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Environmental Implications of PEM Fuel Cells

CEE 304
by

C Byers

on 20 September 2013

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Transcript of Environmental Implications of PEM Fuel Cells

Ejeong Baik
C. Byers
Angela Jiang
Lucia Wang

Proton Exchange Membrane
Fuel Cell Applications in Airplanes

Analysis of life cycle
emissions
Applications to
in-flight airplane electricity
in Boeing 737-800s
Stage I: Best case scenario
Method of hydrogen extraction: electrolysis
Assumes nuclear energy source
0.0038 kg CO2/MJ

Added 10 new domestic and international routes to its services
Compare use of conventional jet fuel and fuel cells in generating electricity for the passengers on flight
CO2 emitted per year through new routes
Calculations
Generators need to produce 30 GJ of energy per flight
Conventional Jet Fuel
68239 BTU of energy input needed to produce 1 MMBTU of jet fuel
Assume input energy comes from coal fire plant
365 kg of bituminous coal must be combusted, which produces
603 kg of CO2 per flight
Barrel of jet fuel produces 401.9 kg of CO2 combusted
Approximately 5 barrels of jet fuel needed per flight
CO2 emitted through combustion
is

2009.5 kg per flight
Total: 2612.5 kg of CO2 emitted per flight

For the new routes: 19.7 kilotonnes CO2
Stage II: Best case scenario
Case 4
Renewable electricity source
PGM recycling
22 kg CO2-eq/kW of fuel cell capacity
Fuel Cells
What are fuel cells?
Electrochemical devices that convert chemical energy of fuel to electrical energy
Require constant supply of fuel to produce energy
Many applications including space use, transportation, backup power, among others
Proton Exchange Membrane Fuel Cells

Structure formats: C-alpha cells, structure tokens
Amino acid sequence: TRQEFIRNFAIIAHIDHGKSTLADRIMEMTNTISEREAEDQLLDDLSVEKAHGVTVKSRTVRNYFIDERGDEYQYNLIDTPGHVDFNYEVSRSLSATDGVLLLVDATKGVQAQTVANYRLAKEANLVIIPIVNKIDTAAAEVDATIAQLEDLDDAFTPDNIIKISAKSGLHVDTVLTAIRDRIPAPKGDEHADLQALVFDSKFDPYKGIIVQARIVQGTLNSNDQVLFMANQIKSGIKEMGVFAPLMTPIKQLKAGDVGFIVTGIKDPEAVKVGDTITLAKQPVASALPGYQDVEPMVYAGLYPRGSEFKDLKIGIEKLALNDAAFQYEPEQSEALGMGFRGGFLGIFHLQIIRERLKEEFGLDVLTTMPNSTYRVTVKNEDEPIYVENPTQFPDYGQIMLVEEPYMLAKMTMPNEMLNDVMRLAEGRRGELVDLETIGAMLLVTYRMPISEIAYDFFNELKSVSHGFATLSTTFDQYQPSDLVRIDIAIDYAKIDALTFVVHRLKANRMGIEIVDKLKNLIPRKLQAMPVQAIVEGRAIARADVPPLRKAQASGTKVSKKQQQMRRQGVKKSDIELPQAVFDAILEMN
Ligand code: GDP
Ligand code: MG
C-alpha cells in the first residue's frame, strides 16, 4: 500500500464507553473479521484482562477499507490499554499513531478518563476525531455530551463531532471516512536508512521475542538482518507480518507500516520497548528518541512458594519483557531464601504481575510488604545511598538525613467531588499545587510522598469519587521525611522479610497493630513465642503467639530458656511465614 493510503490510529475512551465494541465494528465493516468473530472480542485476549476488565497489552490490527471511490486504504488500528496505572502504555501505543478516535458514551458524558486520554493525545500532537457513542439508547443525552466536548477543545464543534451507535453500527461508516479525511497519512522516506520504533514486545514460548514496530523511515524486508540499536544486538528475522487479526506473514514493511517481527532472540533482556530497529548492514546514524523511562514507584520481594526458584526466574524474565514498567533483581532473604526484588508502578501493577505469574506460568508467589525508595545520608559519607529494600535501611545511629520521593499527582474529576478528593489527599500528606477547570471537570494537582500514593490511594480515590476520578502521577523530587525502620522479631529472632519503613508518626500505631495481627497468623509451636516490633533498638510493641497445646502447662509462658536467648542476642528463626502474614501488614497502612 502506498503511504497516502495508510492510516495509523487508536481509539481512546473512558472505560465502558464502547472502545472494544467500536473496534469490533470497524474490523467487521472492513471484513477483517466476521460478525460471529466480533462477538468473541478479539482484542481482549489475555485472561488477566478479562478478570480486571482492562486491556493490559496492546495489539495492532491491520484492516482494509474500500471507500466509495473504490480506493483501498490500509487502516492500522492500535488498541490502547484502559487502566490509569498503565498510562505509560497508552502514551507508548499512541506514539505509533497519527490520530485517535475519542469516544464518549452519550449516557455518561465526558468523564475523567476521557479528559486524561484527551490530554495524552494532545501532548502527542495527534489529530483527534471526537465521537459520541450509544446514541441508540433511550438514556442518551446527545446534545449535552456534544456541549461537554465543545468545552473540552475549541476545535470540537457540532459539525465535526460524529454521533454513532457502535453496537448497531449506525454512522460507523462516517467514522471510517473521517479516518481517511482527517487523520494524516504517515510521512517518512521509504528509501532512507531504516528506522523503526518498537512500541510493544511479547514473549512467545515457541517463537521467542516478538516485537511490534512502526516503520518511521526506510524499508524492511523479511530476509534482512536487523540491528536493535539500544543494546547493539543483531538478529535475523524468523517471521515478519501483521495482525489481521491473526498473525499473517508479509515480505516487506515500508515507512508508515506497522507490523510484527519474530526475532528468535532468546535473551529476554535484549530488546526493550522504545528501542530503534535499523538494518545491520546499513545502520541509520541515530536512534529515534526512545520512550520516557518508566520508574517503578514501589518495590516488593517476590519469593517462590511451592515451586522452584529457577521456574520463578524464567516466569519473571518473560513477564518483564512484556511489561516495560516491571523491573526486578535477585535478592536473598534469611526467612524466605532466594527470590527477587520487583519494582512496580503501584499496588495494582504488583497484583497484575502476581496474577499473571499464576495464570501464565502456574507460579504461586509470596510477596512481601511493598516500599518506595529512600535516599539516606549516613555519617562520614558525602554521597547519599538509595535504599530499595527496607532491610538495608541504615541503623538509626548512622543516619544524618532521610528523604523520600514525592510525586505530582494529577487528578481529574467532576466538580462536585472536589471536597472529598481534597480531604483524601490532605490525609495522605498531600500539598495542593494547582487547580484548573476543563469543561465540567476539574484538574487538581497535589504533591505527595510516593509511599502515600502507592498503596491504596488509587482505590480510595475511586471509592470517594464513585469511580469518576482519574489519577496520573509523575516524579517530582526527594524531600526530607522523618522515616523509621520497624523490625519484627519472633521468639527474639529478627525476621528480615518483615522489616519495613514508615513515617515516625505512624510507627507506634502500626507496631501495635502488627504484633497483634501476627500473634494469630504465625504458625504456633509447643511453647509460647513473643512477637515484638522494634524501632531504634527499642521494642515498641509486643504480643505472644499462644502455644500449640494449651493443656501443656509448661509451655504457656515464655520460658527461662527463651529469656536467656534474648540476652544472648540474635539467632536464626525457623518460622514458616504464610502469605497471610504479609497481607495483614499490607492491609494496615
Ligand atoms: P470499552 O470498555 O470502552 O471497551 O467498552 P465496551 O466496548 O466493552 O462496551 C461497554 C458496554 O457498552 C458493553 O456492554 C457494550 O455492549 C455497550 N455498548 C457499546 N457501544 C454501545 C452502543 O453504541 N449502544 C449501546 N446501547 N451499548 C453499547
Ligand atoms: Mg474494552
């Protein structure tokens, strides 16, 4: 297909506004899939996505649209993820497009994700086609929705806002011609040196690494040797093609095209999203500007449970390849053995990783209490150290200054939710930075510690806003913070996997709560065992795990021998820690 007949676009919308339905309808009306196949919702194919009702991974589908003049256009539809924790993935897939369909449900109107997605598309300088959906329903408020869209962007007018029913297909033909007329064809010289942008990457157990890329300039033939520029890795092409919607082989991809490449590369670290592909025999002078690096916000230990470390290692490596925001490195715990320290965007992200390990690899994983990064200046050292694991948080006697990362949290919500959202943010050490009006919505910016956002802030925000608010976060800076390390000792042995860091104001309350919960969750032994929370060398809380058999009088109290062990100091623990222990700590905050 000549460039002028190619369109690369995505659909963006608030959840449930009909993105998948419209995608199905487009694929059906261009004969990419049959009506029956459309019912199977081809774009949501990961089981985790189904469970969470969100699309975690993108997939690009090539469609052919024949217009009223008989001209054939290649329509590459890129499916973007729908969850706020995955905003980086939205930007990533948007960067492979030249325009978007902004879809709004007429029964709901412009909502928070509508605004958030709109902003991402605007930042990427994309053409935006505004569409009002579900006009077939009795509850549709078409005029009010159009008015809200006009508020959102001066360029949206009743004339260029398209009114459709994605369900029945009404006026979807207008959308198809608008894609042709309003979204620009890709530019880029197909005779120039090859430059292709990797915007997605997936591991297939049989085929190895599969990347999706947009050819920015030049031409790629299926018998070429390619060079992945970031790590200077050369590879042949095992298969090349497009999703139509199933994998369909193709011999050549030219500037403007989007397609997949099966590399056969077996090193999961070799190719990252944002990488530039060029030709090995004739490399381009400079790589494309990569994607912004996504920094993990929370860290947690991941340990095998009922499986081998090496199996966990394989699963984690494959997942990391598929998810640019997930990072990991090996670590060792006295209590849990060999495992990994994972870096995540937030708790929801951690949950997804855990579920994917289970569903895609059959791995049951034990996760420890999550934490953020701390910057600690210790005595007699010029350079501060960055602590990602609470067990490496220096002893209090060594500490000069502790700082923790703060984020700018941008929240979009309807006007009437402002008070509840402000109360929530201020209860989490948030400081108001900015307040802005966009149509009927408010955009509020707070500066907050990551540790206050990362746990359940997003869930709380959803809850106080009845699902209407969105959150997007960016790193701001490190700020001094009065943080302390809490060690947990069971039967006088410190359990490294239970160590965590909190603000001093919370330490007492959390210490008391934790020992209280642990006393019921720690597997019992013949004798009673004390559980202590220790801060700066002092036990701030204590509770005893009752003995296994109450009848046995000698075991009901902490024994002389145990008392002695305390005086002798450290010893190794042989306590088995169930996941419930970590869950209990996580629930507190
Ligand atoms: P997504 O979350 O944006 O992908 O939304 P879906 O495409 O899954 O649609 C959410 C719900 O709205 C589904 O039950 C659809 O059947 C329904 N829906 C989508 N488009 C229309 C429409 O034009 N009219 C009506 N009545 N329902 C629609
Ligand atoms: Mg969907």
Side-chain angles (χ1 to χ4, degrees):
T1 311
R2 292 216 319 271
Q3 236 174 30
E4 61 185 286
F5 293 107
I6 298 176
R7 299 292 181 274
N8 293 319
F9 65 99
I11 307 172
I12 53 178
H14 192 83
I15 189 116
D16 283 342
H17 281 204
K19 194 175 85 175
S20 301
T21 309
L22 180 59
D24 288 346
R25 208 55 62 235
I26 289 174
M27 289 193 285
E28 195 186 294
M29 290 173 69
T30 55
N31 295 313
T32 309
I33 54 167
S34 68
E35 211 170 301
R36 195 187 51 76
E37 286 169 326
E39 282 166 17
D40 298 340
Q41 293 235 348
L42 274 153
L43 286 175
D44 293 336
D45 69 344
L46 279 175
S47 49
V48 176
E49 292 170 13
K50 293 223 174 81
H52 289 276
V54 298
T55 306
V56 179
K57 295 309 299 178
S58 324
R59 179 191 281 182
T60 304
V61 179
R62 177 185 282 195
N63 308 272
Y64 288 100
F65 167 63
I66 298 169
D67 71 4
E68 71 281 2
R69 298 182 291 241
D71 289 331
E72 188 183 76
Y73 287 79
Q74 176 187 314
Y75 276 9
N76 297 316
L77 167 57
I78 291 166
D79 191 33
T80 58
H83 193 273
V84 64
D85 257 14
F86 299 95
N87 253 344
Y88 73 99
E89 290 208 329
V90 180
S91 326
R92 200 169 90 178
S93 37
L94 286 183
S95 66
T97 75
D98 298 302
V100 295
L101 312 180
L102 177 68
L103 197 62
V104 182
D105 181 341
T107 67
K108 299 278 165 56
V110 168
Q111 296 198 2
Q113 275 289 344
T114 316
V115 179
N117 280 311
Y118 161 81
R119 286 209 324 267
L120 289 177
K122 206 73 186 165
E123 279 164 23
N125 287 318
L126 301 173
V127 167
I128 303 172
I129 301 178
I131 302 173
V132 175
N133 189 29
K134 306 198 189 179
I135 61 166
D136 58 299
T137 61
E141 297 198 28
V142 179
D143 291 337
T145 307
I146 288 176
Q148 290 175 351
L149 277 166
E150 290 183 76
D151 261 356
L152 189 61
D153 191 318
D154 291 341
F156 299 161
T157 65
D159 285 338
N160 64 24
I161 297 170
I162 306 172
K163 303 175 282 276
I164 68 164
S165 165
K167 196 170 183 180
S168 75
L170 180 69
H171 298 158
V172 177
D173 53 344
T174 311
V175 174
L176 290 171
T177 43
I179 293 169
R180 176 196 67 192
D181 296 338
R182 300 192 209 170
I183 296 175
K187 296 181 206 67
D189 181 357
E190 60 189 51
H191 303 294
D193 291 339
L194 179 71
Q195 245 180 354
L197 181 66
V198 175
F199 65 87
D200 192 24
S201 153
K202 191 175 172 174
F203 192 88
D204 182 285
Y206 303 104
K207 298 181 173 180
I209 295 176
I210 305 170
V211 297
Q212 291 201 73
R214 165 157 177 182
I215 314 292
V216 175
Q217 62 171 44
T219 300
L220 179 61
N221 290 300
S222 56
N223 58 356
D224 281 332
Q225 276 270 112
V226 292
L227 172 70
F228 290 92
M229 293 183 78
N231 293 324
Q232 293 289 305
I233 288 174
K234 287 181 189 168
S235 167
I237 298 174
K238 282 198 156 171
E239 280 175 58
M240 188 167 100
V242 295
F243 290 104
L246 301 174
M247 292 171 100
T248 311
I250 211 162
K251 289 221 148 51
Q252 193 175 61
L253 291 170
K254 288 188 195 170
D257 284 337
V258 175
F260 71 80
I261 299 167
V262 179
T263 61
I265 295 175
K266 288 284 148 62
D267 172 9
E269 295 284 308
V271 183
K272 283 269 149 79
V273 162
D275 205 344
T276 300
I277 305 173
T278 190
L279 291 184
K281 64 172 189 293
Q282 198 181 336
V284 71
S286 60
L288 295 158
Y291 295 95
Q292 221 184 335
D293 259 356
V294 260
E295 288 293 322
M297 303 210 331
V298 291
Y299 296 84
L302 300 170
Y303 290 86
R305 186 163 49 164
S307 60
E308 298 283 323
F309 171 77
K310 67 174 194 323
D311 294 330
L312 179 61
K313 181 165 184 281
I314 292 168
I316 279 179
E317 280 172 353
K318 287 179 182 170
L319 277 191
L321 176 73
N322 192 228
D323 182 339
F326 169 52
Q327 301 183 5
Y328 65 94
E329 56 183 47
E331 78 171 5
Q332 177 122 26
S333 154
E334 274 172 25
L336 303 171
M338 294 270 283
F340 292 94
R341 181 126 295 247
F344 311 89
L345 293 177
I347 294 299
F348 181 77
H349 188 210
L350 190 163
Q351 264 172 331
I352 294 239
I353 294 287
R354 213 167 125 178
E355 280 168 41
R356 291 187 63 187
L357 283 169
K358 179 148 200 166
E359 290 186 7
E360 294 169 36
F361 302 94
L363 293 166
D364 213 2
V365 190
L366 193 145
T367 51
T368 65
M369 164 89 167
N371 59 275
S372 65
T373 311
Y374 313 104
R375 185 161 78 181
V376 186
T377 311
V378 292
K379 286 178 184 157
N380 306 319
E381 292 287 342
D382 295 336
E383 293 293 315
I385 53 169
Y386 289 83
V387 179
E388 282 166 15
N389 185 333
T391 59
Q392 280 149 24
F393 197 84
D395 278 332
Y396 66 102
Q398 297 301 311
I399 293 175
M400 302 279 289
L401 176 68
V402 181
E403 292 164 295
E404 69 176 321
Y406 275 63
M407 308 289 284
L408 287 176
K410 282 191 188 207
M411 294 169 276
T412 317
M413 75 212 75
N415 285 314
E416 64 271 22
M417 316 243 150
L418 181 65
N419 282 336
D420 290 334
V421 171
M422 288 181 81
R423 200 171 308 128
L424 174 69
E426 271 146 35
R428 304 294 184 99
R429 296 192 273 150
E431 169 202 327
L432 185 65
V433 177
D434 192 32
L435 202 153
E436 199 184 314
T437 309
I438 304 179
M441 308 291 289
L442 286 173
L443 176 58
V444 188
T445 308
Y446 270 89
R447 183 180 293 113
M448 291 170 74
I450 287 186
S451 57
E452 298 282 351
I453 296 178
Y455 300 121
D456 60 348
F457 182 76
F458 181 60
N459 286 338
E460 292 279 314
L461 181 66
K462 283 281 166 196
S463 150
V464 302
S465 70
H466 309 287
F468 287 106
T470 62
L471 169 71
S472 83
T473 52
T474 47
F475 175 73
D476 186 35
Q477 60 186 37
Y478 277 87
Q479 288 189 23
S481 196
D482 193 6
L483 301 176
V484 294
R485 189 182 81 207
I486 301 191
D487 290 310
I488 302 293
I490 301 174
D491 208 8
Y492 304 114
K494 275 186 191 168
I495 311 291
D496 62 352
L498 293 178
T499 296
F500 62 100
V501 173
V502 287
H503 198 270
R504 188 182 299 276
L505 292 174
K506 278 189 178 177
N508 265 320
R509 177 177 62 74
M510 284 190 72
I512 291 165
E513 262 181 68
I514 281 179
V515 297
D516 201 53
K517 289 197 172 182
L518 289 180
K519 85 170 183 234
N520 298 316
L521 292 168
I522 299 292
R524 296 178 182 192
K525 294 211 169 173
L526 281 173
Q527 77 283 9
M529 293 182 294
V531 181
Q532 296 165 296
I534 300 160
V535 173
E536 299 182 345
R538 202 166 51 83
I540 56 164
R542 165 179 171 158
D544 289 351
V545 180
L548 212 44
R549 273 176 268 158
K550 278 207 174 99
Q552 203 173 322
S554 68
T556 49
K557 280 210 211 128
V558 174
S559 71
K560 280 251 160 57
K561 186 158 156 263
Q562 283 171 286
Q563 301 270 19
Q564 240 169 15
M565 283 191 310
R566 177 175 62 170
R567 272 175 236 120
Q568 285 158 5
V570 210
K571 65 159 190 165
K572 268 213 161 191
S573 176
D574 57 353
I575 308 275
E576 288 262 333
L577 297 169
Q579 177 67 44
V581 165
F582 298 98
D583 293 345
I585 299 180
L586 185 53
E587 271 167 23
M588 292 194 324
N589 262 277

Fuel cells defined by type of electrolyte
PEMFCs use proton conducting polymer barriers
How do they
work?
Components:
Anode: oxidize fuel
H2 -> 2e- + 2H+
Electrolyte: barrier
Cathode:
O2 + 4e- + 4H+ -> 2H2O
General Reaction:
2H2 + O2 -> 2H2O
Background
Expensive
Mobile
Applications
High Efficiency
45 - 60%
Zero Emissions
During Use
Applications to Airplanes
Currently: airplanes use generators powered by jet fuel for inflight electricity
Jet fuel emits carbon in both processing and combustion
Particularly concerning because emits CO2 directly into tropopause
Environmental Implications
Energy Flow Through a Fuel Cell
PEMFC has efficiency 60% when used in mobile applications
LHV of hydrogen is 120 MJ/kg
Energy required to deliver hydrogen extracted by electrolysis has an
EROI between 0.5 : 1 and 0.6 : 1 (Bossel 2006)
Total EROI is 0.38
for delivery and conversion of hydrogen fuel to useful energy (using electrolysis and conventional compression)
Total useful energy produced by a fuel cell is
72 MJ/kg hydrogen
Case 1
Case 2
Case 3
Case 4
Conventional
Hydropower
Conventional
Hydropower
No PGM recycling
No PGM recycling
75% PGM recycling
75% PGM recycling
Electricity & Recycling
in Fuel Cell Production
Case 1
Case 2
Case 3
Case 4
61
kg/kWel
41
kg/kWel
43
kg/kWel
22
kg/kWel
CO2-equivalent emissions in fuel cell stack production
Best case scenario results in emissions of
22 kg/kWel
of fuel cell capacity in Case 4
Electricity from hydropower for fuel cell stack production and PGM recycling
Life Cycle Assessment
Stage II: Production of fuel
cell stacks
Stage I: Production of hydrogen fuel
Carbon emissions and water withdrawals vary greatly with the method of hydrogen extraction
United Airlines
December of 2012
Extracting Hydrogen Fuel
Energy is required to extract hydrogen
3 main methods
Steam reformation
Coal gasification
Electrolysis
Extraction can emit pollutants and have significant water withdrawals
Electrolysis
Steam
reformation
Coal
Gasification (3kg)
Water
withdrawals
CO2
9 kg
4.5 kg
9 kg
11 kg
5.5 kg
.45 kg
Electrolysis
Steam reforming of methane from natural gas
Coal
gasification
CO2 emissions in obtaining 1 kg hydrogen
Conclusion
Direct Combustion
May 9th, 2013
0.45kg
if nuclear
5.5kg
11kg
CO2 emitted
per flight
12.5kg
1375kg
1375kg
2750kg
CO2 emitted
for new
routes
0.821
kilotonnes
10
kilotonnes
20
kilotonnes
Storage of Hydrogen
MASS
-350 bar compressed gas
-Tank Mass= 16.19*H2 mass + 0.3862
-
4047.89kg per flight

VOLUME
-1.06 lb of H2/ft3
-
14.72 cubic meters of storage space
-compare to 0.758 cubic meters
for conventional jet fuel
Water Withdrawals
Use does not have carbon and other pollutant emissions
But, LCA analysis shows potentially significant CO2 emissions dependent on H2 extraction method
Water withdrawals might be problematic
Applications in airplanes have potential but currently not feasible due to storage and costs
Electrolysis
-9L water / 1kg H2
-
2250L per flight
Coal Gasification
-9L water / 1kg H2
-
2250L per flight
Steam Reforming
-4.5L water / 1kg H2
-
1125L of water
Processing Jet Fuel
EROI and MJ/kg H
Production of 1 kg H
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